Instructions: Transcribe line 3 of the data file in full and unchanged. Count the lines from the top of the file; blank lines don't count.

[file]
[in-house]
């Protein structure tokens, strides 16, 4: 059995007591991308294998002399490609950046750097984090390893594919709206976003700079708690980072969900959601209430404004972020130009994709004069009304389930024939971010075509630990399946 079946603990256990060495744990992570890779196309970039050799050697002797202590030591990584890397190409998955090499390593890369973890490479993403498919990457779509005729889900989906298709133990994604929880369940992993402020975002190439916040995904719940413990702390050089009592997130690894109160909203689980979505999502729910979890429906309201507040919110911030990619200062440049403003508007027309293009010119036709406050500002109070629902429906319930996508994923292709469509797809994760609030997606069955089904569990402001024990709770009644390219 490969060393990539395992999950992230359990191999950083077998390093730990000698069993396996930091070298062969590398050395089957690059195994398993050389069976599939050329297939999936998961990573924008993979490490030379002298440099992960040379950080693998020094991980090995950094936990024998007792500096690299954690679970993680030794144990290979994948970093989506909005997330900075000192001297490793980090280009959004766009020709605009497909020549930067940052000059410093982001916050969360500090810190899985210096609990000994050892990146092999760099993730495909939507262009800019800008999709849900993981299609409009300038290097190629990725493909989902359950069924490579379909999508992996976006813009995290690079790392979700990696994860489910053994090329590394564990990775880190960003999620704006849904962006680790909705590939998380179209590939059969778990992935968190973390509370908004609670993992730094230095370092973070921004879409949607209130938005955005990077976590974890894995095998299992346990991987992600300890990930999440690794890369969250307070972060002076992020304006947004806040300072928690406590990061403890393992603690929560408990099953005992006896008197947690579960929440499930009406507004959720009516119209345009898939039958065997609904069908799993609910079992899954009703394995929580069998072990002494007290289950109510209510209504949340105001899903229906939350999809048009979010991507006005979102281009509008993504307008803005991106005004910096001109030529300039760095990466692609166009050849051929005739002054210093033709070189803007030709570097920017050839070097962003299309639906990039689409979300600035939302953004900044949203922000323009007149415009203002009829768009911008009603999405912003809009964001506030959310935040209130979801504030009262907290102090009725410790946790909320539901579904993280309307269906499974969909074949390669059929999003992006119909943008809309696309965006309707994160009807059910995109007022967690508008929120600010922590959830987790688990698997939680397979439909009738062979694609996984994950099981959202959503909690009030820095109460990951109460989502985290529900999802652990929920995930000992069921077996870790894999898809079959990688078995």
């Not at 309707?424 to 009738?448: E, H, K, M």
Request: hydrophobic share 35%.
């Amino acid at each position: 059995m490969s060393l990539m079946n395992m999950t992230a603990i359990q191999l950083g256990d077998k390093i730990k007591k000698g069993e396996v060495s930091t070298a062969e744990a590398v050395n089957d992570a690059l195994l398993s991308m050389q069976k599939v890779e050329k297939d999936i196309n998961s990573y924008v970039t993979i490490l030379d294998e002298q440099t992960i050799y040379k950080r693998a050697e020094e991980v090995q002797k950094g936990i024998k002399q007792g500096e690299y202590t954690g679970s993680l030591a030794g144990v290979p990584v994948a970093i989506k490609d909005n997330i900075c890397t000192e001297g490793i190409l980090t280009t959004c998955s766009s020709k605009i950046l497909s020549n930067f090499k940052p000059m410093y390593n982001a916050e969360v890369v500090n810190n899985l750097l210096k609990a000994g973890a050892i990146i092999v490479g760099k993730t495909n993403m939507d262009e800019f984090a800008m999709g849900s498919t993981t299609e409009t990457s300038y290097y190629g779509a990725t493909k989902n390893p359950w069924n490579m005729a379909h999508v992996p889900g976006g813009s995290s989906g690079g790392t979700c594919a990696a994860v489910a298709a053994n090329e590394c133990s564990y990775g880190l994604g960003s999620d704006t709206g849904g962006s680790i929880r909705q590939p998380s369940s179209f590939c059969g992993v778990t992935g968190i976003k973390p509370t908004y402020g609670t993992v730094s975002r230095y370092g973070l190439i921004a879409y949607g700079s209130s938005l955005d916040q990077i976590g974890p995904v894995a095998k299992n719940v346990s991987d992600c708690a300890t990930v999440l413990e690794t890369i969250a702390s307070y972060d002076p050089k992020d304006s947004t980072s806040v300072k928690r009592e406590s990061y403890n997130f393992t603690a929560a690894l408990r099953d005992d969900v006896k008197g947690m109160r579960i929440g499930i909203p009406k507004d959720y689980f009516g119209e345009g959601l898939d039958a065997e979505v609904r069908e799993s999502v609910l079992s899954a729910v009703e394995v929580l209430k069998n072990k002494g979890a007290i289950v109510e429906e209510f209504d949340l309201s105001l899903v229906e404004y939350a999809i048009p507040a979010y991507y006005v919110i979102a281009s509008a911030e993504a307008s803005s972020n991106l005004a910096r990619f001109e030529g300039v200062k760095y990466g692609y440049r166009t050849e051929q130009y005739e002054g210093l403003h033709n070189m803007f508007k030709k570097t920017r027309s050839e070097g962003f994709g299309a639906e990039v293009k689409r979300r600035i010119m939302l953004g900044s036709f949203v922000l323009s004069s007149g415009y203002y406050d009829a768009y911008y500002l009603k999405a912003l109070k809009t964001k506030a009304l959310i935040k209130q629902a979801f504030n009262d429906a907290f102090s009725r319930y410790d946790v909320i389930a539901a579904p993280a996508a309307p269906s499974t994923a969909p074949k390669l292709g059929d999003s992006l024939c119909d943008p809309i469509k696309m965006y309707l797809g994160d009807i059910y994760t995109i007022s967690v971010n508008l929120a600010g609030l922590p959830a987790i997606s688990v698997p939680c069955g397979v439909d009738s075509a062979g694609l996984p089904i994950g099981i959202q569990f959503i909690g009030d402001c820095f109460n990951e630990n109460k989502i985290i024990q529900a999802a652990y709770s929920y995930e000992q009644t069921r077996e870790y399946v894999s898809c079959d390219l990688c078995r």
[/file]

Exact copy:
């Not at 309707?424 to 009738?448: E, H, K, M």